Thursday, December 20, 2012

An Ode to Teachers (Sandy Hook's Saviors)

 
 
As the residents of Newtown, Connecticut and the nation attempt to carry on in the wake of last week’s abhorrent shooting at Sandy Hook Elementary School, many Americans are understandably searching for some small scrap of hope and humanity among the ruins of the violence. Whether the tragedy prompts a long overdue strengthening of the country’s lax gun laws remains to be seen. But there is another societal change we need to make as well.

We need to end the war against teachers.

Indeed, the media’s coverage of the six slain teachers—the youngest of whom was 27-year-old first-grade teacher, Victoria Soto--represents a curious shift in the press’s typical treatment of teachers. Certainly, there is no question the teachers are heroes. They valiantly gave their lives protecting their young students.
Unfortunately, prior to the Newtown shooting it was quite rare to read the words “teachers” and “heroes” in the same sentence in the average U.S. newspaper. Instead, one was more likely to see “teachers” paired with words like “bad,” “unskilled,” “moochers,” “parasites,” and “Cadillac pensions.” Just three months ago striking teachers in Chicago were lambasted as “greedy,” and “indifferent towards students.” In fact, the New York Times’ Joe Nocera falsely claimed the teachers were striking to “maintain the status quo,” with regards to teacher tenure and termination laws. Untrue.
As blogger David Lindorff writes in a recent post (Counterpunch.org, 12/17/2012):
How many of the politicians in Washington and in state capitals and how many conservative think-tank “researchers” who attack teachers as leeches and drones would have shown such heroism under fire? My guess is damned few—if any. Yet… not one teacher in that unionized school fled the scene and abandoned the children to their fate. They all stuck with their kids.
Since the start of the recession teachers have become the country’s collective punching-bag. Union-hating right-wingers baselessly accuse them of causing the economic crash with their “Cadillac-sized pensions,” and union benefits. There have been many efforts to weed out “bad teachers”--so designated because their students scored poorly on the rigid standardized tests that have become the benchmark of education in the wake of “No Child Left Behind.” And states are rapidly adopting new measures to carefully monitor teachers at all times. (Yet there is no talk of monitoring the Wall Street bankers who actually trashed the economy through their fraudulent and illegal practices. Where, I wonder, is the effort to weed out the “bad bankers”?)
Things are not much better at the college-level, where even tenured professors must endure the juvenile criticisms of students on the end-of-semester course evaluation forms they are forced to distribute. (The forms are ostensibly designed to record students’ overall evaluation of the course itself, but they inevitably turn into scathing personal attacks of the professor.) And do I even need to mention the abject immaturity (not to mention sexism) of the website, RateMyProfessor.com?
Suffice to say, teaching is not easy work. And contrary to popular belief—or the snide mantra, “Those who can’t do, teach,”—teaching is work. A ton of work, in fact.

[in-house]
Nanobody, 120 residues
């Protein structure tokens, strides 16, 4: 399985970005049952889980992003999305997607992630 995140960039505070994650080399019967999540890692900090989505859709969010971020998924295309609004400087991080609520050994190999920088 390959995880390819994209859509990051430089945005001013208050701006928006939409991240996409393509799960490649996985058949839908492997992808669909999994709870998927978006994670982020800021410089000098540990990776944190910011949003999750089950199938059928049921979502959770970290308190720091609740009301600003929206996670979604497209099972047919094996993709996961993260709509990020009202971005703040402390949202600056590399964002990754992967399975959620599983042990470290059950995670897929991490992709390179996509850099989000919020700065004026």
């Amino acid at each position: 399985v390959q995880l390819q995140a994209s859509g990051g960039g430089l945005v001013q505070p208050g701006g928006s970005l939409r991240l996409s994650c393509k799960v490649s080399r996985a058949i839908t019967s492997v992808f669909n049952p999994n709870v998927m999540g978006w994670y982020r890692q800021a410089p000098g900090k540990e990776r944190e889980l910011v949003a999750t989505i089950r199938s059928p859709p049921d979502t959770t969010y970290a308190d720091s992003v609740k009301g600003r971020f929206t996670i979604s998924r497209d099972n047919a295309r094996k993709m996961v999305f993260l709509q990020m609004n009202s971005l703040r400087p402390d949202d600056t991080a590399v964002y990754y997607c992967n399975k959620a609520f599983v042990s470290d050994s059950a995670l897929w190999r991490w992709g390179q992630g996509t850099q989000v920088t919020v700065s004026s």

What those who make this accusation do not realize is only a small fraction of a teacher’s job occurs in the classroom. The vast majority of it—grading homework, designing curriculum, planning lectures and classroom activity, generating tests, papers and coursework, updating and maintaining grade books, attending meetings/conferences, submitting academic papers, meeting with parents—takes place after school and often late into the night. And educators at every grade-level are currently being assigned greater and greater responsibilities, without seeing a corresponding increase in their anemic salaries. Liberal arts professors, meanwhile, have seen university budget-cuts exclusively targeted at their “useless” courses in English, Women’s Studies, Philosophy and the humanities.
Indeed, it is no longer enough for skilled, experienced teachers to impart their knowledge onto their students. They must do so while being unceasingly energetic, apolitical and, most of all, likeable. Those who fail to meet all three criteria will not last long in the profession. Iconoclasts, critical thinkers, and educators who challenge conventional orthodoxy (traditionally the purpose of higher-education) are promptly weeded out of the schools.
To be certain, I have offered a great deal of criticism of our country’s education system on this blog. But, for the most part, I do not believe the educators themselves are responsible for these ills. Most teachers I have had the pleasure of working with—both as a student and a colleague—are honest, dedicated, hard-working individuals who attempt to do the best they can within the increasingly limited confines of their educational setting. Does this mean there are no “bad teachers” anywhere? Of course not. They exist, just as do bad lawyers, bad corporate CEOs, bad police officers, bad doctors, bad businessmen and bad state governors. However, in my experience the bad apples in the teaching profession have been few and far between.
Furthermore, the entire concept of evaluating a teacher’s proficiency through her students’ “learning” (as measured by arbitrary test scores) misses the crucial fact that teaching is a two-way street. Even the greatest teacher cannot make his students learn. Students must want to learn in the first place. As William Johnson, a special education teacher in Brooklyn wrote in an NYT Op-Ed earlier this year (“Confessions of a Bad Teacher,” 03/04/2012):

Students aren’t simply passive vessels, waiting to absorb information from their teachers and regurgitate it through high-stakes assessments. They make choices about what they will and won’t learn. I know I did. When I was a teenager, I often stayed up way too late, talking with friends, listening to music or playing video games. Did this affect my performance on tests? Undoubtedly. Were my teachers responsible for these choices? No.